Similarly, you should know how your partner feels about things like IVF, egg freezing, and adoption if having children together is more difficult. Have a conversation about all aspects of bringing children into the world: if you want them, when you would want them, and finally, how they would affect your future, finances, and relationship. Considering what to know about your partner before marriage is a big one, so we don’t recommend saving it for down the road.


Financial goals

It’s no surprise that talking about (and managing) finances is uncomfortable for many couples, especially if one of you either makes more money or has more debt than the other. In fact, most couples have experienced some sort of conflict due to finances. It is a vulnerable subject for a lot of individuals, but it can also be empowering and exciting to have conversations about financial goals with your partner.

Income and debt aside (since you likely already know these things about your partner), ask your partner how you will handle finances after you get married. Will you combine finances or keep them separate? Does either one make you uncomfortable? Find out why that is. Similarly, you should have an understanding of how they like to save their money (in big amounts for a trip or for little things that are more frequent) and how you will save money together for future goals.

Finally, while it can be incredibly uncomfortable to discuss: Is a prenup necessary for financial well-being going forward? Answering these questions with your partner (and maybe a financial planner) before marriage, even though they aren’t the most fun, will make you feel more prepared in long run.


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Career Goals

Whether you waited to have an established career before getting married or you still aren’t quite sure what you want to do, your career, as well as your partners, will play a key role in your future together. Usually, we spend more hours a week at work than we do with our partners, so it’s not unlikely for work to be a recurring topic of conversation at home. With that said, our careers can take our lives in many different directions depending on our career goals. You should know before walking down the aisle what that means for your marriage.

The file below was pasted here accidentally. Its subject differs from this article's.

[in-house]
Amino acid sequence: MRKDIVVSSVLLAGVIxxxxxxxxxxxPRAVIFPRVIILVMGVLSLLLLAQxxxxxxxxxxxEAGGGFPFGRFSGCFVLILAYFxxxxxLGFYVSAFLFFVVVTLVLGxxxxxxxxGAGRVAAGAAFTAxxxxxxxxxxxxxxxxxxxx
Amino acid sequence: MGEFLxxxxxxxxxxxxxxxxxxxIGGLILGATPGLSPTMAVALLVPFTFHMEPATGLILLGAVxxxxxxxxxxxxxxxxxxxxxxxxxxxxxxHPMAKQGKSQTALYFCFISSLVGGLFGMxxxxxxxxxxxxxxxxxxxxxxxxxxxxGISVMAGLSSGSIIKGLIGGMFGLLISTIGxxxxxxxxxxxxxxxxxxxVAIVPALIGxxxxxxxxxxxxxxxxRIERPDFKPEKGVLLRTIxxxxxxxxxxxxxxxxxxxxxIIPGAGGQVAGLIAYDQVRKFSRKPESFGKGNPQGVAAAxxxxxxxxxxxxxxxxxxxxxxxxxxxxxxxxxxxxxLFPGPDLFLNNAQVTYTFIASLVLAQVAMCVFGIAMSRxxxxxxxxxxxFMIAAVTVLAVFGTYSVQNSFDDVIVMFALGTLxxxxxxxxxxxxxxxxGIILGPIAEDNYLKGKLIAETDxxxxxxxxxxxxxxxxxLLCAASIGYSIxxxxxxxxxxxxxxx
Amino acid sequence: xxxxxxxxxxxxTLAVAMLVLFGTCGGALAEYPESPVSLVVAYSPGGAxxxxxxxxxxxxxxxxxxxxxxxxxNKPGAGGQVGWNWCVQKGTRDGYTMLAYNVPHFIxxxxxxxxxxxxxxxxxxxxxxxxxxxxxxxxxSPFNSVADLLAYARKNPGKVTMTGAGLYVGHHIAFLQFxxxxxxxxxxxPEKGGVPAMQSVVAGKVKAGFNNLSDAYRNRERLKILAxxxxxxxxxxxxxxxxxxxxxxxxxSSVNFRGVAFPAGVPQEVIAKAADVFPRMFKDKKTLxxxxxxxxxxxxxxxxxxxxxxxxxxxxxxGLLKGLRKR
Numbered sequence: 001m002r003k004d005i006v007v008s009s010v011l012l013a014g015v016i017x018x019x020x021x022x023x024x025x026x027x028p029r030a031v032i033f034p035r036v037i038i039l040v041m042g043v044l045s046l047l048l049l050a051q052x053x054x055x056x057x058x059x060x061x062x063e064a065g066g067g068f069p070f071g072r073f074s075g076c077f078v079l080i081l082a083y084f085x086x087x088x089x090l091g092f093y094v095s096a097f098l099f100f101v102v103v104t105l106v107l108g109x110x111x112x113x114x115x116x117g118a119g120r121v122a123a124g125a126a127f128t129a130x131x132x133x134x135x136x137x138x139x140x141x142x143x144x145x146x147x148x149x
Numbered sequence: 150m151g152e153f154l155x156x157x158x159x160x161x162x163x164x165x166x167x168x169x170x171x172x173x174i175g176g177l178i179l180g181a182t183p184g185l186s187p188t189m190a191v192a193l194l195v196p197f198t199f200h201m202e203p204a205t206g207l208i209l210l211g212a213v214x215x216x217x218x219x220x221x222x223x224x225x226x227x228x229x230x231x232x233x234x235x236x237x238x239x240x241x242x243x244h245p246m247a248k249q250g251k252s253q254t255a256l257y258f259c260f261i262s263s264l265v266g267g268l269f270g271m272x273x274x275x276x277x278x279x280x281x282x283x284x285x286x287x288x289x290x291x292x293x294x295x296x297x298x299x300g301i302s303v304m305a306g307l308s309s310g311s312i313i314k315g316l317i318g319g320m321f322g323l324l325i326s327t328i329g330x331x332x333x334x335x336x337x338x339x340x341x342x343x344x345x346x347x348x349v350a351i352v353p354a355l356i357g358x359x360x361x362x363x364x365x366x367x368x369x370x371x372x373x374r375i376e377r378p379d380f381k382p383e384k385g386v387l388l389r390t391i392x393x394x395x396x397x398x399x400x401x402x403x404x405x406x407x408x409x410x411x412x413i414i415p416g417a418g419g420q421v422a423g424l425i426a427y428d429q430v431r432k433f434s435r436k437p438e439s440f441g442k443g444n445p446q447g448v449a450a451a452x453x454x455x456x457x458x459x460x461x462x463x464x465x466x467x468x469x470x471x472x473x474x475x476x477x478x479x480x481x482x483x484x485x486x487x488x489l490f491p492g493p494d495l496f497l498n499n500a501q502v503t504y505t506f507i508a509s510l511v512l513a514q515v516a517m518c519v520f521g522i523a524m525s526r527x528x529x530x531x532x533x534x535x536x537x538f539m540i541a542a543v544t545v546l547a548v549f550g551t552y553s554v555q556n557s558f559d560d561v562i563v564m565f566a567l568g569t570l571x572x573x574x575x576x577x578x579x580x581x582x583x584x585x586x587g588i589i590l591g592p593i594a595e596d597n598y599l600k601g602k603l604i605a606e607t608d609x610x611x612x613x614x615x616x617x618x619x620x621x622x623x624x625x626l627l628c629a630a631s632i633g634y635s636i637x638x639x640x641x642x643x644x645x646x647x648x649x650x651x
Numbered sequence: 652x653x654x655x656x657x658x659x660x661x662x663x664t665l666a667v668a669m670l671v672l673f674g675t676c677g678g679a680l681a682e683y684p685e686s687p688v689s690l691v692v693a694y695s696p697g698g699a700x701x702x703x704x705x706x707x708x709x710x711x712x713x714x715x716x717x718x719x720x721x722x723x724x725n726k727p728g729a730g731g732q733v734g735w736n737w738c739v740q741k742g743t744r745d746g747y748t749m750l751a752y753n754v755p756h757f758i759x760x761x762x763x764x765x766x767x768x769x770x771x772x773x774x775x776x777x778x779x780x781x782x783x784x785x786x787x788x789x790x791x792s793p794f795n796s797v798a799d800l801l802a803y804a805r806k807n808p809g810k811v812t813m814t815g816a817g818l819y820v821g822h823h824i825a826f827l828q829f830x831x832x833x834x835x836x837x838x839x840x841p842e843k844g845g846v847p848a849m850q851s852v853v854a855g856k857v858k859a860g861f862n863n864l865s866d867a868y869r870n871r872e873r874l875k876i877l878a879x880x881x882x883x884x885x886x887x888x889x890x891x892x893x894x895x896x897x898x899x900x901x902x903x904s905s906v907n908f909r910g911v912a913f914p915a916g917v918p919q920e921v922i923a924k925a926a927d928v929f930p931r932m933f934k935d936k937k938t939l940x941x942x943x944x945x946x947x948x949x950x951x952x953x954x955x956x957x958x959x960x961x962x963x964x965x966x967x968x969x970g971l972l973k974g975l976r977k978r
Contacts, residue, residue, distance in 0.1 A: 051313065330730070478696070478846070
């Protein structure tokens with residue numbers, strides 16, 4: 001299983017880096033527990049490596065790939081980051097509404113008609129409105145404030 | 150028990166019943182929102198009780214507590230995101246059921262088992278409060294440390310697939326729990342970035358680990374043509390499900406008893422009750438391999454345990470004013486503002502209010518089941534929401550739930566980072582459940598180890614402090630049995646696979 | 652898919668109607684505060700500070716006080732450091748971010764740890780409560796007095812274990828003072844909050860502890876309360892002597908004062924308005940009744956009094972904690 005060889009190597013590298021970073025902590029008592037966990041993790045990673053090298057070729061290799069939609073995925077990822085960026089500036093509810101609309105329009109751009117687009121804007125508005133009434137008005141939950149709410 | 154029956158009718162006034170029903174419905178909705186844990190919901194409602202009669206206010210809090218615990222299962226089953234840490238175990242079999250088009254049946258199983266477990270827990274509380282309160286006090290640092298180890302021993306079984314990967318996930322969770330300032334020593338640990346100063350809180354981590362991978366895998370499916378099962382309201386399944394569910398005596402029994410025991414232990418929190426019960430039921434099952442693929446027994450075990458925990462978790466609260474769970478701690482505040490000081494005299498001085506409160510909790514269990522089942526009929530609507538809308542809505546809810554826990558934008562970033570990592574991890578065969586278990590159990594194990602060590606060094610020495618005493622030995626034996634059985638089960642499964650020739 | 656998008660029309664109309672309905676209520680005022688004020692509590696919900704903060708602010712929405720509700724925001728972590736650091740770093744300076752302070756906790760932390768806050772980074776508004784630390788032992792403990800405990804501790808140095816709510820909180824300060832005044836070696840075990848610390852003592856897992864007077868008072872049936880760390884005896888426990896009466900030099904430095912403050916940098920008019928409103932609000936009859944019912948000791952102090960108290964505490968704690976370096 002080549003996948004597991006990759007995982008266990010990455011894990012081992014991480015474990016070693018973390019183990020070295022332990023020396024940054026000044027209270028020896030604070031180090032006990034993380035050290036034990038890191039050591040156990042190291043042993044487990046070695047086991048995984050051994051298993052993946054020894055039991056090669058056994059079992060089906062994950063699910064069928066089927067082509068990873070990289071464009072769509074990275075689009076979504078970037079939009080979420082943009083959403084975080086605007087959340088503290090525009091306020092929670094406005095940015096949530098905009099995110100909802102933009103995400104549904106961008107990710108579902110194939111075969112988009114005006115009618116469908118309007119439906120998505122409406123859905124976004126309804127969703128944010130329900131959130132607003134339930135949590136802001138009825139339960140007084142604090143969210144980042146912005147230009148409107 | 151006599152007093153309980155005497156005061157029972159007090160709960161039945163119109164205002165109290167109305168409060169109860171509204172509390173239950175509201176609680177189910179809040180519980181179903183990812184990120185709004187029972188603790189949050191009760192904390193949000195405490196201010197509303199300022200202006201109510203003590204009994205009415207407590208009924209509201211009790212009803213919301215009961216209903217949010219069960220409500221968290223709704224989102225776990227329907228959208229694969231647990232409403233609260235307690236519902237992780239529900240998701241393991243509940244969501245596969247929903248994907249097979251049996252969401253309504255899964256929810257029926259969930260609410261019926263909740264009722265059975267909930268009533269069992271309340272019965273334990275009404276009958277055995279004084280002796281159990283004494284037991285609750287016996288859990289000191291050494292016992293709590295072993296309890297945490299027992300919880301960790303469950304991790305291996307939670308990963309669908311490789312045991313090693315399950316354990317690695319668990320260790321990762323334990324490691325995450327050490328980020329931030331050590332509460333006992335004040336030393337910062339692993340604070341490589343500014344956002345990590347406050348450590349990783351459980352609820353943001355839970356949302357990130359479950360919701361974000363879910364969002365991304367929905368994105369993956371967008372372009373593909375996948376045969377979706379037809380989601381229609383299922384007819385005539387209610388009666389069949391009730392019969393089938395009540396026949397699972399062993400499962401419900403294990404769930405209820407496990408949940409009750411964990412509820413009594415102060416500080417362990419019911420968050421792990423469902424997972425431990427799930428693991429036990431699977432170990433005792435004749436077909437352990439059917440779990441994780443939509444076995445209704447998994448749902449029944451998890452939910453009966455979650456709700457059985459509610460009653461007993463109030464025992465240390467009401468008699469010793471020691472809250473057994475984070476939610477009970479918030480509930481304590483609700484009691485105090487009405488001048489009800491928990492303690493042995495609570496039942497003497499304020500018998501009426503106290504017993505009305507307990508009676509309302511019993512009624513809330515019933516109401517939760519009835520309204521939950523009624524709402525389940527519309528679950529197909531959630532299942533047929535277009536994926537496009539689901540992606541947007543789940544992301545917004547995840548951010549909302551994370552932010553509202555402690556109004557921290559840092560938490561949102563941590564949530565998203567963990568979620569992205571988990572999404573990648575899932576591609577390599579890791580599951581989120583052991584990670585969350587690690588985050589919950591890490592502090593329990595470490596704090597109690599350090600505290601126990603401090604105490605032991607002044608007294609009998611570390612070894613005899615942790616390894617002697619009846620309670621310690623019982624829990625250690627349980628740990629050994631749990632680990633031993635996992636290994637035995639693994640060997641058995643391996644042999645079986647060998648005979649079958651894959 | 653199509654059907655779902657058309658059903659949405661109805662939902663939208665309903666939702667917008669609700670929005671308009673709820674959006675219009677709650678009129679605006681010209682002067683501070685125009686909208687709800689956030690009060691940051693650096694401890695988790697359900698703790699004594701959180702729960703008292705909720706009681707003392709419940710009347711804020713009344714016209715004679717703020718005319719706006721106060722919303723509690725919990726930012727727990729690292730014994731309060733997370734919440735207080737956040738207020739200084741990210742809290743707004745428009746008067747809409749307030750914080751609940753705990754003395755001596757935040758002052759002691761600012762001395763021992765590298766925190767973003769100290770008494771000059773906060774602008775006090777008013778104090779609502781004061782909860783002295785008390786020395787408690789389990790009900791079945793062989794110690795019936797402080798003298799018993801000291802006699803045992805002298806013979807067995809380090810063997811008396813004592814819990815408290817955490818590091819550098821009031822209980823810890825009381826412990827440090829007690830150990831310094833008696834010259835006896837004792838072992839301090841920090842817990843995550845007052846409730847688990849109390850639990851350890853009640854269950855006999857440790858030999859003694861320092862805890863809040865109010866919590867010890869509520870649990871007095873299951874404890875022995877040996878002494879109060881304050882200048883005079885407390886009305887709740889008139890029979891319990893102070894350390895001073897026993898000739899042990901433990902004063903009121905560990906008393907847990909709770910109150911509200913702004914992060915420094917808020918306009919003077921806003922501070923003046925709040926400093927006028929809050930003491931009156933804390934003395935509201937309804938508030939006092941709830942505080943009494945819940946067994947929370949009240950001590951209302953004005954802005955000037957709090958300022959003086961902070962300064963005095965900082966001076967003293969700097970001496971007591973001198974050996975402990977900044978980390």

For example, how will you support your partner during stressful work situations or big career decisions? If their job asked them to relocate, are you going to be OK with that? What about vice versa? And finally, whose career would take the backseat if it ever came down to that? These are very difficult questions to answer (especially hypothetically), but you’ll want to make sure that you are on the same page about them.


Thoughts on couples counseling

Another not-so-fun yet essential question to ask your partner (and know about yourself) is how they feel about couples counseling. Couples counseling is becoming more and more common even before conflict arises. It’s a great way to avoid miscommunication and strengthen a relationship, but unfortunately, counseling in general still has a stigma around it. Sigh.

What does your partner think about couples counseling—not just for other relationships but for yours? Are they open to it or is it “not for them?” If this is something that is important to you (or them) and you disagree on it, you should find out why and how you will otherwise strengthen your communication or handle conflict as it arises.